Photos appeared online and went viral of MTR staff talking to the student and explaining why she could not board a train. Some people said that the members of staff did the right thing, but others do not agree with such actions.
I can understand why staff might enforce this rule at stations like Lok Ma Chau and Lo Wu. They are filled with a lot of visitors from the mainland with luggage and people going north of the border.
They often bring huge bags. I have even seen people with furniture and electrical appliances, including fridges and washing machines.
Last week, I saw a woman carrying a wooden chair.
I do not understand why washing machines and chairs are allowed on the MTR's trains, but not large musical instruments.
Staff seem to be operating a selective policy, banning some people and turning a blind eye to others. I think this attitude has to change.
Some people are dependent on the MTR to get around, including musicians.
They may not have any choice in the matter and it would be very difficult if they were not allowed to board the trains.
The MTR Corp has to look closely at luggage regulations and be crystal clear about what baggage size allowances it will decide on.
I think it should be willing to issue exemptions for people carrying large musical instruments, otherwise, it will be difficult for them to get around the city.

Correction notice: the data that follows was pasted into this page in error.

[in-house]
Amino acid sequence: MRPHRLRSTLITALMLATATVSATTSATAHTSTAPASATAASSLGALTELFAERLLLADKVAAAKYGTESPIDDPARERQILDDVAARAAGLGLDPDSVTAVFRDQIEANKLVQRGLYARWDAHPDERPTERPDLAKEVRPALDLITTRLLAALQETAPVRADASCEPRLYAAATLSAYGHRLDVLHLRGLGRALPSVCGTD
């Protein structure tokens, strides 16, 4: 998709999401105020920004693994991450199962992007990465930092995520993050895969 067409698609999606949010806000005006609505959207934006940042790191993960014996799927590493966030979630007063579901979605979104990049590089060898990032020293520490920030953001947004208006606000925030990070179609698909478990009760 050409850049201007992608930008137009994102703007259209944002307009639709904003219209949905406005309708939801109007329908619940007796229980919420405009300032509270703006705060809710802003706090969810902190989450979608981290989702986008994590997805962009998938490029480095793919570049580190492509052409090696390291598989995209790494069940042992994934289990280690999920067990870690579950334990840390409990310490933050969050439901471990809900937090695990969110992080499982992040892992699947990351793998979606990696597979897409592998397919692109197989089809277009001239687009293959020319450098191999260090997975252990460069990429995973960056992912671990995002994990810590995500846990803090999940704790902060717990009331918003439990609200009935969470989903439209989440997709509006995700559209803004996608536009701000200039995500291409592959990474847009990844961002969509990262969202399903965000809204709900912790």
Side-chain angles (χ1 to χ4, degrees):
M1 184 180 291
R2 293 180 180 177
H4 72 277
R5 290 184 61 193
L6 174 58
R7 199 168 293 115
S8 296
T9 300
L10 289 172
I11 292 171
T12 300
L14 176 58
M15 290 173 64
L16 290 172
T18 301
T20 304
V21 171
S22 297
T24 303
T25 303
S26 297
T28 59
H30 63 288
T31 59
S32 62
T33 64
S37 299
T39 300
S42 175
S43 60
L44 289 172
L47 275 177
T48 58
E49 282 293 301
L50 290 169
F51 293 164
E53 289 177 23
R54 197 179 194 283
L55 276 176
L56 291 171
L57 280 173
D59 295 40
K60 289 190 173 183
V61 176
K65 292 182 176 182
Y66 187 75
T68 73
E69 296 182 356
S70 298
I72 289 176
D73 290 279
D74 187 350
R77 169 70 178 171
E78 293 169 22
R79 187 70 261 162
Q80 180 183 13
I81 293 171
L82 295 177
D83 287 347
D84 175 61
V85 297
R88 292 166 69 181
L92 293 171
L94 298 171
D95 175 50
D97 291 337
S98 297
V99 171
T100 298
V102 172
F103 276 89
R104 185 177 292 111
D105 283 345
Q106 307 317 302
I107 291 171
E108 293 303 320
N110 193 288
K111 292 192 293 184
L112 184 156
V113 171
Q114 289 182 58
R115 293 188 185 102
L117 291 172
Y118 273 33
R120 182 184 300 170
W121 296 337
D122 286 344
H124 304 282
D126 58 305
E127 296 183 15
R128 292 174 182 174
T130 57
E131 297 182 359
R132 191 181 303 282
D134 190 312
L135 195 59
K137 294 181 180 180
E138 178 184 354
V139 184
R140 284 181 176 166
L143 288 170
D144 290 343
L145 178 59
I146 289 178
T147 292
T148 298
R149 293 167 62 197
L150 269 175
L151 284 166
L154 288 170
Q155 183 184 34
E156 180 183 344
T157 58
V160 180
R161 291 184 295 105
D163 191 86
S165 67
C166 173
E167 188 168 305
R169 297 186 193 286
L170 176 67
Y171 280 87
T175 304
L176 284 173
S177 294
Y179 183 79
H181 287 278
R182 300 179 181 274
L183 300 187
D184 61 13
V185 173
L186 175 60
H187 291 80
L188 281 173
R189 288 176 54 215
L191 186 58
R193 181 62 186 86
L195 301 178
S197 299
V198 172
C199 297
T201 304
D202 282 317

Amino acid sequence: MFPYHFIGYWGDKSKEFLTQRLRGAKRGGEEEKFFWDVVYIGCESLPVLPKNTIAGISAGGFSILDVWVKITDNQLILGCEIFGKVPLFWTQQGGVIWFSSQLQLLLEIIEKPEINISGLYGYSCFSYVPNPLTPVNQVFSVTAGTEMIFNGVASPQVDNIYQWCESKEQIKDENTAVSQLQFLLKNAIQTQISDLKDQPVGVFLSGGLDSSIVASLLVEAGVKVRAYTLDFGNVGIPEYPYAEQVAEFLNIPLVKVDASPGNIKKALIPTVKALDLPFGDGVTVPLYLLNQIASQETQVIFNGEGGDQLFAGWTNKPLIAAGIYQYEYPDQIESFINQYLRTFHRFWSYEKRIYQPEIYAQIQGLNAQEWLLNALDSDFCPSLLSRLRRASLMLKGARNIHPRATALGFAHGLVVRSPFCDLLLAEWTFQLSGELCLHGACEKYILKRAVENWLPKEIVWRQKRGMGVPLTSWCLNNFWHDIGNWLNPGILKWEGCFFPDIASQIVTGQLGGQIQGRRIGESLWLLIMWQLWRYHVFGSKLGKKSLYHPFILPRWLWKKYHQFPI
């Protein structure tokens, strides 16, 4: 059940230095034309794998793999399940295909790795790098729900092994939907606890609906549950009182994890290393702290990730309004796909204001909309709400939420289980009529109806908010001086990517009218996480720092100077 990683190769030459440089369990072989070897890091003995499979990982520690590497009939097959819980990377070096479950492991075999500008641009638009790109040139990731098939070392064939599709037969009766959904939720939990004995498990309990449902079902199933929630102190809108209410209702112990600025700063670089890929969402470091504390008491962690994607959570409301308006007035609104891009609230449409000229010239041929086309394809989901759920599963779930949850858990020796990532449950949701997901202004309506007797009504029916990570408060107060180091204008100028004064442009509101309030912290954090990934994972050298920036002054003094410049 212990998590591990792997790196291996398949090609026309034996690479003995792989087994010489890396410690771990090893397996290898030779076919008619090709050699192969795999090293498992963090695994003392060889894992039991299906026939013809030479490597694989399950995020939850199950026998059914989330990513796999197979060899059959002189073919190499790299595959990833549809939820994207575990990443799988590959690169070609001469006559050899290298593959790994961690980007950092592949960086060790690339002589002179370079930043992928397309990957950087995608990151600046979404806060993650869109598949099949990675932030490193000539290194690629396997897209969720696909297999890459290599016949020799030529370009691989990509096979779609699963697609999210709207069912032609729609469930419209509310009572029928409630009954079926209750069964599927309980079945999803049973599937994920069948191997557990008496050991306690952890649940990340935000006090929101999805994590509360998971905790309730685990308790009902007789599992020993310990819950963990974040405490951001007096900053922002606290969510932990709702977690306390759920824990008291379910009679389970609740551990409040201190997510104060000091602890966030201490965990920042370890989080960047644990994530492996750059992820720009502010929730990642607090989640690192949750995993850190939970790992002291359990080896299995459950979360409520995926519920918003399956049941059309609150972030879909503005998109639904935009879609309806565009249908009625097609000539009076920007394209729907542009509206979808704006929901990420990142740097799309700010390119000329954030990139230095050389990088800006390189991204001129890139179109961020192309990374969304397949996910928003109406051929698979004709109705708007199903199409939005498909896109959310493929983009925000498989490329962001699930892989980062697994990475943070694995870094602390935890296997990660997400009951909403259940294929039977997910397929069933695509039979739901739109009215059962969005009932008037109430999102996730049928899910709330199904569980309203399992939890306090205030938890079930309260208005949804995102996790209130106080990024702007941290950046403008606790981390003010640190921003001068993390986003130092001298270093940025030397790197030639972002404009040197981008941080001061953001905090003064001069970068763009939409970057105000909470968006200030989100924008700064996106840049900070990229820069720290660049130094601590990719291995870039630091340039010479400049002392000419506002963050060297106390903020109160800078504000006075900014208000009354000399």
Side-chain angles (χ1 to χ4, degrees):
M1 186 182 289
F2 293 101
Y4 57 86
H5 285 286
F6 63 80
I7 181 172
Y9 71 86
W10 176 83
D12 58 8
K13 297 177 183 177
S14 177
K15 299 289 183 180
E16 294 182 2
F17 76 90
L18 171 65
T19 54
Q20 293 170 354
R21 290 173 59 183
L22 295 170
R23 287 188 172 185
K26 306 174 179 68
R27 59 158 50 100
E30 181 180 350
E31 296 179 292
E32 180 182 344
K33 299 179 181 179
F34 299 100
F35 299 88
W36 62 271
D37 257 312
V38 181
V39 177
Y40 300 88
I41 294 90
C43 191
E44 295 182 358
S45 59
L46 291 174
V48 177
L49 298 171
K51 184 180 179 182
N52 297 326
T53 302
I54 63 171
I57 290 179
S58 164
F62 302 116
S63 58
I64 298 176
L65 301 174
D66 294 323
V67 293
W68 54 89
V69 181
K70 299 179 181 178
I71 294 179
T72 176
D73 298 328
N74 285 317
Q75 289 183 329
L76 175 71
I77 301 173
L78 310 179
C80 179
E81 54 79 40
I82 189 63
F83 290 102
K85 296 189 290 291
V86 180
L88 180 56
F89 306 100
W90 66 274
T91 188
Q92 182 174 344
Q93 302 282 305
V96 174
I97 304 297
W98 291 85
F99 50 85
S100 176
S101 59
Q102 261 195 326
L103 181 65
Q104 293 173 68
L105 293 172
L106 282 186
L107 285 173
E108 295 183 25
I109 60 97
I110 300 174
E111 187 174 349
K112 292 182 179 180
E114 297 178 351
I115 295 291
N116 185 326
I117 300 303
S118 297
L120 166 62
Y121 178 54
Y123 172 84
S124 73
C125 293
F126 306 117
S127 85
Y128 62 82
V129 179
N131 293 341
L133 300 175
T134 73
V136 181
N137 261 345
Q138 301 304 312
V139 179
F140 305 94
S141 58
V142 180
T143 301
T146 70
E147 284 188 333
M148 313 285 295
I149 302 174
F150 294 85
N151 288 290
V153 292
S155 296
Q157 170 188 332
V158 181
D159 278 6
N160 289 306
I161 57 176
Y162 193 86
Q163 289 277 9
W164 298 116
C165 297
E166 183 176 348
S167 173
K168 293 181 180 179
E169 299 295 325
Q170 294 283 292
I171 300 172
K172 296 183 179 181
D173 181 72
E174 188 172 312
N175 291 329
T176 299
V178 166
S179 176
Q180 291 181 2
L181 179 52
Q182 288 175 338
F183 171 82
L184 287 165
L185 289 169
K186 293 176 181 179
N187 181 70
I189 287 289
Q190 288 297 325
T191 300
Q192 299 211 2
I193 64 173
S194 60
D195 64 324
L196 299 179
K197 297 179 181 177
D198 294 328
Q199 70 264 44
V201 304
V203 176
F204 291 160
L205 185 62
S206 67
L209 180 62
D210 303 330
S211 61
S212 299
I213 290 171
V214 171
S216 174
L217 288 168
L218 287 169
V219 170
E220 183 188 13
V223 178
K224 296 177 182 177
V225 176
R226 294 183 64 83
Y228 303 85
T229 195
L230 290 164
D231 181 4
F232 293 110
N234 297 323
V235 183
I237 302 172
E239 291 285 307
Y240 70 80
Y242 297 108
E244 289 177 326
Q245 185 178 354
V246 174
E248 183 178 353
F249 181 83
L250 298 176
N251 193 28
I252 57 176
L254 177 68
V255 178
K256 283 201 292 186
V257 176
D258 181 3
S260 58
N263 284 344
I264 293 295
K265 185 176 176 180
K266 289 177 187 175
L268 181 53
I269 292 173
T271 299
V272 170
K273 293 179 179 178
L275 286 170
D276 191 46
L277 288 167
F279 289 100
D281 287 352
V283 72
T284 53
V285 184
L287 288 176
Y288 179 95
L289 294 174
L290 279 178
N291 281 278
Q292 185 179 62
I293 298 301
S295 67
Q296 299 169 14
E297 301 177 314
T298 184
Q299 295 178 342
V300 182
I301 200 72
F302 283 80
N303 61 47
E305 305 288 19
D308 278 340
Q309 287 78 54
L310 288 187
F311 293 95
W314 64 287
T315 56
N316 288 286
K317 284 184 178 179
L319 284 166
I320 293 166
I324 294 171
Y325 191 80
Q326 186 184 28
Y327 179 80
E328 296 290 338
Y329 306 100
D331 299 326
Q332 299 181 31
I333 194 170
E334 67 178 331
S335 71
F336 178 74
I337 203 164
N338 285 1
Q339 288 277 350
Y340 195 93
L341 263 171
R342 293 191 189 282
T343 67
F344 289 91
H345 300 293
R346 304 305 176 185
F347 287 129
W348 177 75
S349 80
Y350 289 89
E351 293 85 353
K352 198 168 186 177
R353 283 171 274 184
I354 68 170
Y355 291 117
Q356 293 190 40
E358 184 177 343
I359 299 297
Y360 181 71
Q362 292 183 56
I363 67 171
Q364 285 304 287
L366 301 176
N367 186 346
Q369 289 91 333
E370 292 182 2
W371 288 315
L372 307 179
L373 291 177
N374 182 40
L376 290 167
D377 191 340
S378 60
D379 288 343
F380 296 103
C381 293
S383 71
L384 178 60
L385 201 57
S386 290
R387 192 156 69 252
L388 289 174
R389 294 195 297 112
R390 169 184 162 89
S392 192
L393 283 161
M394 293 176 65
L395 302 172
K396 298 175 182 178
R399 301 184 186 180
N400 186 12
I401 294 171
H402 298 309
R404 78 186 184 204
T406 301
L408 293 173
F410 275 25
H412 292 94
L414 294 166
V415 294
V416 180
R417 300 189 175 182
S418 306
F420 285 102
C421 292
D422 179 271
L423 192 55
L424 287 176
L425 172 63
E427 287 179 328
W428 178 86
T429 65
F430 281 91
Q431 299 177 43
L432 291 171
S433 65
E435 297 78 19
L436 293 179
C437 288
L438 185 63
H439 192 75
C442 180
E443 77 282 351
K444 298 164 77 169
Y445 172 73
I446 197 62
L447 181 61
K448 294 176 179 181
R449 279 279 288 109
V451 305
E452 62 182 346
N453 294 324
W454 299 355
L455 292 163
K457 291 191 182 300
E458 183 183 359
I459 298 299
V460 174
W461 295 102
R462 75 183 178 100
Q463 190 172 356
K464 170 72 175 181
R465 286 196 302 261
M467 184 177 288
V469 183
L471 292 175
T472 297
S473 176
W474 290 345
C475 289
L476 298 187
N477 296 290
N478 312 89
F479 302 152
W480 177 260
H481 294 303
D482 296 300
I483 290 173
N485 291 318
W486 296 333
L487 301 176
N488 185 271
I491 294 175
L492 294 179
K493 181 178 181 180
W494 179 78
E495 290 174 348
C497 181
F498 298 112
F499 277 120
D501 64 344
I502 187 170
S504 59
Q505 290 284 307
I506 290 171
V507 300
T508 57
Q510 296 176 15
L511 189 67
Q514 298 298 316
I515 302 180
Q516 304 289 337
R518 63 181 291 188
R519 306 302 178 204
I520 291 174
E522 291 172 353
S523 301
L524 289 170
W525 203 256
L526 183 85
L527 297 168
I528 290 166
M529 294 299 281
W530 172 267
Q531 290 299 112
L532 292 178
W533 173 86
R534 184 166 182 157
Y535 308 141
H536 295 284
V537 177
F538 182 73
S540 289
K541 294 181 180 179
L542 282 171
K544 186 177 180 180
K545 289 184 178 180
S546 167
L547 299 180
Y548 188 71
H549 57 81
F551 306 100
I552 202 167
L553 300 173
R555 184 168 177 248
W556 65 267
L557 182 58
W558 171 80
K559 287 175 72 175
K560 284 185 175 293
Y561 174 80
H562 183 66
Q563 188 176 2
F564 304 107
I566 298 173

Also, if it says that people with really large items like fridges and washing machines are not allowed on the trains, then it has to make this clear and ensure that staff enforce the regulations.
Choi Lok-yiu, Yau Yat Chuen
What about other law deans' PhDs?
As was revealed following the meeting of the University of Hong Kong council (in an inexcusable violation of confidentiality), one reason given for not confirming a recommendation to appoint former law dean Professor Johannes Chan Man-mun to the post of pro-vice-chancellor was his lack of a PhD.
No doubt, the PhD status of all other law deans at universities in Hong Kong was debated on that occasion.
Would it be churlish to suggest that somebody break confidentiality in the matter, in the interest of your readers, of course?
P. Kevin MacKeown, Lantau